The Gift of Human Folly
And how faith enables me to be honest as a writer
“Usually, it’s the worst thing you can admit about yourself that most people can relate to.”
— David Sedaris
It’s so easy to fall prey to glorified sentimentality when we write about things like faith and spirituality. The human ego holds tight to glory. And in the religious realm, moral/ethical ‘goodness’ is the idol.
American Christianity has ventured into these dangerous waters.
But it’s not real. It’s not true. Sentimentality connects with no one. It sucks humor dry and creates a fake version of humanity. The world doesn’t need more faux sentimentality or righteous performative moral/civil posturing. We need realness.
If held in an honest way, this is what my faith enables me to do. I can be transparent with my flaws and my fumblings (or, at least, I’m getting there) because I know that though I’m bound to fumble and fail, my propensity to “sin” is forgiven.
It’s easy to think that this gives me a license to sin. If all my bad stuff is forgiven, then why not just go out and rape, pillage, plunder, listen to K-pop, etc.?
But it’s interesting… My juicy transgressions lose their weight when I know they’re not being used against me by God. They’re just useless things I do that hurt myself and my neighbors. Why would I want to do that?
In Christ, the old sinner in me has been killed. It’s dead. It has no weight, existentially.
This means that I can remove myself from them. I can point to them. I can talk/write about them from a distance because they don’t define me. I can, as Sedaris mentions, admit the worst parts of myself because I know that this is how I find common ground with you, dear reader. Not through my aspirational mumbo jumbo, but through my follies.
I can talk about the time 20 years ago when I got drunk and barfed on a blackjack table in rural Nevada before getting kicked out and proceeding to get in my car, blackout in the middle of the highway, drive it off the road through a barbed wire fence and become high-centered on a huge pile of cow shit.
I didn’t hurt/kill myself or anyone else. I didn’t get thrown in jail (and I totally deserved to ). White privilege is real, but anything could’ve happened. Grace had its way with me, thanks be to God. I had nothing to do with my own survival nor the survival of anyone else on that stretch of road in the wee hours of that morning.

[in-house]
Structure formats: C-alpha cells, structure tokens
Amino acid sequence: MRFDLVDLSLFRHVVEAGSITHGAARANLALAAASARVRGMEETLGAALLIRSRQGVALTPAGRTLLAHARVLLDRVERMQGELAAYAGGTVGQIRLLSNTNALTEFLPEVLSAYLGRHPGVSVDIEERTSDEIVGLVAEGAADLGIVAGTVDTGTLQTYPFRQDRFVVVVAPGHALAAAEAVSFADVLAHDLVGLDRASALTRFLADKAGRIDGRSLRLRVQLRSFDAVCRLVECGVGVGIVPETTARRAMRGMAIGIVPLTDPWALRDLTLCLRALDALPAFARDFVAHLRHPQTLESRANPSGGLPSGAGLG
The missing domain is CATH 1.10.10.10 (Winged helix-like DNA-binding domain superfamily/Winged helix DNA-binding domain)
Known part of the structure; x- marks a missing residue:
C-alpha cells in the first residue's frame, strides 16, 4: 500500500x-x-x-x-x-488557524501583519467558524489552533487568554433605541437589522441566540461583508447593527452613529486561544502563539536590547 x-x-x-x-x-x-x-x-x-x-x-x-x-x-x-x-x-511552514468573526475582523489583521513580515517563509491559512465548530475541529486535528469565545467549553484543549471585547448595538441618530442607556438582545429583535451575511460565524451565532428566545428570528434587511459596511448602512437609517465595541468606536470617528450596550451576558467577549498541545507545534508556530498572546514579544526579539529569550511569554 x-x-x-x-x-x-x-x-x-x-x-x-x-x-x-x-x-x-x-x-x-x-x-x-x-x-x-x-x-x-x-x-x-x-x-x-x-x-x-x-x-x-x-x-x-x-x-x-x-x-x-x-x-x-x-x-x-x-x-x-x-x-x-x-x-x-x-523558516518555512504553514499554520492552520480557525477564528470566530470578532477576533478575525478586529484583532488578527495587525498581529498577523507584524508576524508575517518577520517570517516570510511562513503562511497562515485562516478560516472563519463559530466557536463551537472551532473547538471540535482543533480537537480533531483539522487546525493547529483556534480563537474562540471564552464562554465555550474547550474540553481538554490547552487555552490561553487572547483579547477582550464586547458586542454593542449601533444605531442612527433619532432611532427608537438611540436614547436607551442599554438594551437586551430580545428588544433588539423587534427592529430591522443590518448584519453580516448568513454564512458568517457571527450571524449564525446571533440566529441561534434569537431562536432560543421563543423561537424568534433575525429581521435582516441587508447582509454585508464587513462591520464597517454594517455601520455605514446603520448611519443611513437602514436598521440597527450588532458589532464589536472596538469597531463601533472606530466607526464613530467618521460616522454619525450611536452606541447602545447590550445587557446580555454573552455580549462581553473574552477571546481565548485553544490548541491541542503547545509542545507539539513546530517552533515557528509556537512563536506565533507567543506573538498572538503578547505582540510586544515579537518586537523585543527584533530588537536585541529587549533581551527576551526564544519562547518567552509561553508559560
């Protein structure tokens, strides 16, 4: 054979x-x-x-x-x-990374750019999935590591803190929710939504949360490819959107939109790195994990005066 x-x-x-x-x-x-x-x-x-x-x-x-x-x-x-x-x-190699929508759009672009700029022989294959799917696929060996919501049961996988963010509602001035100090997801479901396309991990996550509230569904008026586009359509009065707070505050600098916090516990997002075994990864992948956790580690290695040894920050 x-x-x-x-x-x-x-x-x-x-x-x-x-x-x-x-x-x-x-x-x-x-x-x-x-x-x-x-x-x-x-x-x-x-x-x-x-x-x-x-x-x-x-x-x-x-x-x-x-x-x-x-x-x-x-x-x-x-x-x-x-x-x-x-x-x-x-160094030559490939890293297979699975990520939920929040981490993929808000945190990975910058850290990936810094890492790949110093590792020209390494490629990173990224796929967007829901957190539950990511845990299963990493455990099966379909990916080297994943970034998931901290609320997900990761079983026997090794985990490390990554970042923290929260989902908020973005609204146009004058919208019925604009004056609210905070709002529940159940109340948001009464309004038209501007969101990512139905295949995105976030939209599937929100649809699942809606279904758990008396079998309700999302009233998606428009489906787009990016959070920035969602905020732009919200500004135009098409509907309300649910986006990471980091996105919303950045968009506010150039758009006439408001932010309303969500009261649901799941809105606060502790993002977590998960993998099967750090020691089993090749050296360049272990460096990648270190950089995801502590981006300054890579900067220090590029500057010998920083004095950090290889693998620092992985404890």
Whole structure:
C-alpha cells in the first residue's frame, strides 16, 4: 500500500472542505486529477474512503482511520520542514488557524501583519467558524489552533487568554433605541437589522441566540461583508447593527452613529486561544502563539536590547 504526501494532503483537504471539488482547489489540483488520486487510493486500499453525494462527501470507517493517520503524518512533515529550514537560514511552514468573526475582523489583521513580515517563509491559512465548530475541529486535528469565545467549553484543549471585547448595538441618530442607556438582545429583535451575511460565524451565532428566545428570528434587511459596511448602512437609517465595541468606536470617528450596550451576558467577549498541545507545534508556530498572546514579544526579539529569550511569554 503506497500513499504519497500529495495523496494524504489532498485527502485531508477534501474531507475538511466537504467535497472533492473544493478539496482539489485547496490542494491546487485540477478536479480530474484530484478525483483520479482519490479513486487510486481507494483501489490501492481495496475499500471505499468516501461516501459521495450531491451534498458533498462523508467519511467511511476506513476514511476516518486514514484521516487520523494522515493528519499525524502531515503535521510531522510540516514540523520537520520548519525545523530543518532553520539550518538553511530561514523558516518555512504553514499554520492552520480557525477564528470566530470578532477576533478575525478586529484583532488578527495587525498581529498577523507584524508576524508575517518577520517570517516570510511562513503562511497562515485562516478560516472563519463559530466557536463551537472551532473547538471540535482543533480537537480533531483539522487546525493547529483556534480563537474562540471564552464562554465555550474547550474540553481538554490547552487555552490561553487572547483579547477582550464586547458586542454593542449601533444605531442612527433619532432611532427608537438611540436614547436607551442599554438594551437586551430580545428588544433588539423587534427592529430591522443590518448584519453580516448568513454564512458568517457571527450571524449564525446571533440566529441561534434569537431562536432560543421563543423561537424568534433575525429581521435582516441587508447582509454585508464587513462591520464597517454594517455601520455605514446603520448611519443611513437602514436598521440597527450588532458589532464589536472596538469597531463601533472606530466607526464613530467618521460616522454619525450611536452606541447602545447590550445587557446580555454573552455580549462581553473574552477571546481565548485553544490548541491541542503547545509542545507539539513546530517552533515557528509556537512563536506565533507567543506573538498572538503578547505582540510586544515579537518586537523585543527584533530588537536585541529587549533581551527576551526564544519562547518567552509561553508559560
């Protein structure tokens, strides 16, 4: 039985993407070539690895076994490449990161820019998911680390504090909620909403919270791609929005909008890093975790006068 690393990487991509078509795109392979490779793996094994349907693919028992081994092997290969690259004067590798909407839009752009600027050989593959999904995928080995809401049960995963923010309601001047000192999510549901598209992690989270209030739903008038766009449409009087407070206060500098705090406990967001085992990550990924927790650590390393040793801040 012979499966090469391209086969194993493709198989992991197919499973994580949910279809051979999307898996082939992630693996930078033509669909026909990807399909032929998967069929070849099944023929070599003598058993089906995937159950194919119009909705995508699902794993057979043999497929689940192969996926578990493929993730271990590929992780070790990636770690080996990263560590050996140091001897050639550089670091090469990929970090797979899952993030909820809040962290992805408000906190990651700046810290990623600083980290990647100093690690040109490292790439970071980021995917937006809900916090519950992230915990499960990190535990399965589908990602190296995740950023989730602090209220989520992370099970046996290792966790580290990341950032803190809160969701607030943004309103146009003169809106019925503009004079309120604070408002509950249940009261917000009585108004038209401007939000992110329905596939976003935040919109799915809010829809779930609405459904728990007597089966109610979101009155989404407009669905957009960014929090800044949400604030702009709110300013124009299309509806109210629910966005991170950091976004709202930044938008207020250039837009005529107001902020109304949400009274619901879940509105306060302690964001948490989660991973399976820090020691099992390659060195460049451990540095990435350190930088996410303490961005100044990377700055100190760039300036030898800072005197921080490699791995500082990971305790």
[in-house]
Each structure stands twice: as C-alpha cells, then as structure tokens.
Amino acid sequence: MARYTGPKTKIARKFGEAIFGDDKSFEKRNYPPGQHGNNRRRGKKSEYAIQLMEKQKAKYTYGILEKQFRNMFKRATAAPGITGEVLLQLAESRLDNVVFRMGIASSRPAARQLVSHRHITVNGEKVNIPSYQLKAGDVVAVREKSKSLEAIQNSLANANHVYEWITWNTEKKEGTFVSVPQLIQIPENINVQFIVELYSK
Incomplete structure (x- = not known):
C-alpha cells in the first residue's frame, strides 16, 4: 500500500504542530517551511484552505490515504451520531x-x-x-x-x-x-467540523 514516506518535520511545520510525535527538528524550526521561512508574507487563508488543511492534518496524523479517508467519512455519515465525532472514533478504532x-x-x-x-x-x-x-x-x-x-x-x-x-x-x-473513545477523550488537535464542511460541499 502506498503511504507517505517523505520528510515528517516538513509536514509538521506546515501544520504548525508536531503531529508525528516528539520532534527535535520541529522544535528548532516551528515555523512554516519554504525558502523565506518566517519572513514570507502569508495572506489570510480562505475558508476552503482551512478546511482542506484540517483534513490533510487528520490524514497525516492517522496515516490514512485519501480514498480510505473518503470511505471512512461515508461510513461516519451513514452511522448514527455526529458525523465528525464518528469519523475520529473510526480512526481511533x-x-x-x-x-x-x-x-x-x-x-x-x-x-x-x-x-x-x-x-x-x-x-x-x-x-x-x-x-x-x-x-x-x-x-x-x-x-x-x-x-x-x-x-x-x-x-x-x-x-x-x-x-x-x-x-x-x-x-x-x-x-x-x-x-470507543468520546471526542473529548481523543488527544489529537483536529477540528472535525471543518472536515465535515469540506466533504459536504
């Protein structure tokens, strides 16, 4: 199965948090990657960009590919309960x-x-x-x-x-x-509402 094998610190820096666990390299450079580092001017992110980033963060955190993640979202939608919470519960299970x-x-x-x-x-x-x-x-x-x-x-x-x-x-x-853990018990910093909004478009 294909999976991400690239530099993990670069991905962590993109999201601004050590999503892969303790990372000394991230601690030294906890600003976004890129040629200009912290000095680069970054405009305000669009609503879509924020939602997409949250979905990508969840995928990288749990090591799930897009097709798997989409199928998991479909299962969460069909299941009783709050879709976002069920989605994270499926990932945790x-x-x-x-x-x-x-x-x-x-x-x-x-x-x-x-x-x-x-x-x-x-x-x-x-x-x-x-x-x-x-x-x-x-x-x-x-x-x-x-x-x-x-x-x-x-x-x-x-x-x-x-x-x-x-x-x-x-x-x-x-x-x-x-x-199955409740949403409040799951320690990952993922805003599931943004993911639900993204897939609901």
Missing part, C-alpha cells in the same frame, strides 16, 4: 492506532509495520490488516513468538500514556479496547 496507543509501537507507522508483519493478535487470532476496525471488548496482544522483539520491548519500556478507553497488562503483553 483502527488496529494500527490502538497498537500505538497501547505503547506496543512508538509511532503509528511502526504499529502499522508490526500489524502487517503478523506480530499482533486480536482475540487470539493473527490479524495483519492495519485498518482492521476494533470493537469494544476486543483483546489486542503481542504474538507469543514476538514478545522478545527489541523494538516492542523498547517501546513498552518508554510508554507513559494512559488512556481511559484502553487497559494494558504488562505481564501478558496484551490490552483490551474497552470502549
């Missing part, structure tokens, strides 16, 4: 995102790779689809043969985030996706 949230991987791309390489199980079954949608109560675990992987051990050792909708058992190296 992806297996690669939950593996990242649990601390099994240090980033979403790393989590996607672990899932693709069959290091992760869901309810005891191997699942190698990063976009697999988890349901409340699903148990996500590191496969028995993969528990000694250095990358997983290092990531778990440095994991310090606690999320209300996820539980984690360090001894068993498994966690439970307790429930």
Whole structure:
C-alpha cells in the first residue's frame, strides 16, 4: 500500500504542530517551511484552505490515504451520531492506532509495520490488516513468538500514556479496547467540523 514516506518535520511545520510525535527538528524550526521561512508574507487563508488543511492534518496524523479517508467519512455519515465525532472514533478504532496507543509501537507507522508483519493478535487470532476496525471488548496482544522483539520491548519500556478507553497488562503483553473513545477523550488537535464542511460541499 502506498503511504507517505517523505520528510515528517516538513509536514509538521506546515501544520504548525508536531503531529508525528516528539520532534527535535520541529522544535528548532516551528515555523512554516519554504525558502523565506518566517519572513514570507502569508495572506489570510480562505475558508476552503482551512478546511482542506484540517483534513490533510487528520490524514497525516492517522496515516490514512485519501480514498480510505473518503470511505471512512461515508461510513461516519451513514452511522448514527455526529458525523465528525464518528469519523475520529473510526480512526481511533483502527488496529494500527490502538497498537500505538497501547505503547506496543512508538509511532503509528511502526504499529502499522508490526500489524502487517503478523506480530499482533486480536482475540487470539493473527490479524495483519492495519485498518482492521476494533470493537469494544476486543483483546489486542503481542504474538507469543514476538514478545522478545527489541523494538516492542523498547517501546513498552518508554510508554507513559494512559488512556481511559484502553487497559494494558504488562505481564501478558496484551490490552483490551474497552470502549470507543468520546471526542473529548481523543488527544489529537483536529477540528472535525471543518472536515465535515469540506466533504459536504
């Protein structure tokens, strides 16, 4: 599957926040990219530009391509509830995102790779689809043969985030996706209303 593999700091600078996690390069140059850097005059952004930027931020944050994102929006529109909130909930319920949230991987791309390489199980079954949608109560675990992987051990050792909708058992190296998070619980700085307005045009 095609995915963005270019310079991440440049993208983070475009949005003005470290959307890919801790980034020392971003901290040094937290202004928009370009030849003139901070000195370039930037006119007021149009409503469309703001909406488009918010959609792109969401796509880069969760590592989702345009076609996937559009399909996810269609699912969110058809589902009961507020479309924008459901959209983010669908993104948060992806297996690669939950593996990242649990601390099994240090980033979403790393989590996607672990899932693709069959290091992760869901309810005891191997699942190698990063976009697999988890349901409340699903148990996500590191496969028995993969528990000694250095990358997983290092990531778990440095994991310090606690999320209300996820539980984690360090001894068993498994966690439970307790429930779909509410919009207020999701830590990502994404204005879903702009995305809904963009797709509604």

It was the last time I was drunk. Drunk Jonas was killed off. But this body and soul made it out as fresh molding clay.
Now, I have to be careful here. My ego wants to derive pride out of that event. It wants to brag about how I survived and how I have a ‘dark’ past (how cool, right?), etc.
No, I’m not proud of it. I don’t hope I’ll do it again someday. My faith liberates me to honestly confess this because I can know that I can call a thing what it is. I can call this a ‘bad thing’ and admit to my sins knowing full well that God is loving me into a new life. It holds no weight over me. So I can write about it. I can be human again rather than a fake who tries to hide it. I can share this story with people who might think that because I’m becoming a pastor, I’ve never had bouts with substances.
I can look back on that horrible event without utter shame. I can see my old self for the harmful idiot he was (and will likely continue to be) knowing that now, he’s dead and gone (luckily, not literally) and God has created (and is constantly creating) someone new in his place. Someone new, yes, but also someone who will continue to be human, tinged with fallibility (and no, this doesn’t go away with ordination).
I’m ranting now. But it’s freeing, this perspective.
When I think too highly of the human individual self, I get aspirational. Everything I write is a stretch. It’s too lofty and unreal. It might sound good to the ego, but it has no foundation in truth. It’s like bubblegum for the soul — it might taste decent for a minute, but it doesn’t last long and you wonder if you’ve just ingested a plethora of chemicals that were mixed up in this mysterious undigestible compound for no real reason.
When I lower my egoic anthropology, my writing gets better. I’m constantly on the lookout for human folly — not in an accusing way, but with a knowing smile. I can laugh at stuff, even as I cringe. I’m not shocked when disaster strikes because I see it all in me. And I’m thankful that the ultimate goodness of God exists outside of my own. A God that surrounds me, cradles me and beckons me home.
This faith, if held in the most truthful way, is like rocket fuel for good writing. And I’m never disappointed by what I find when I look into the mirror of my own fallible human experience.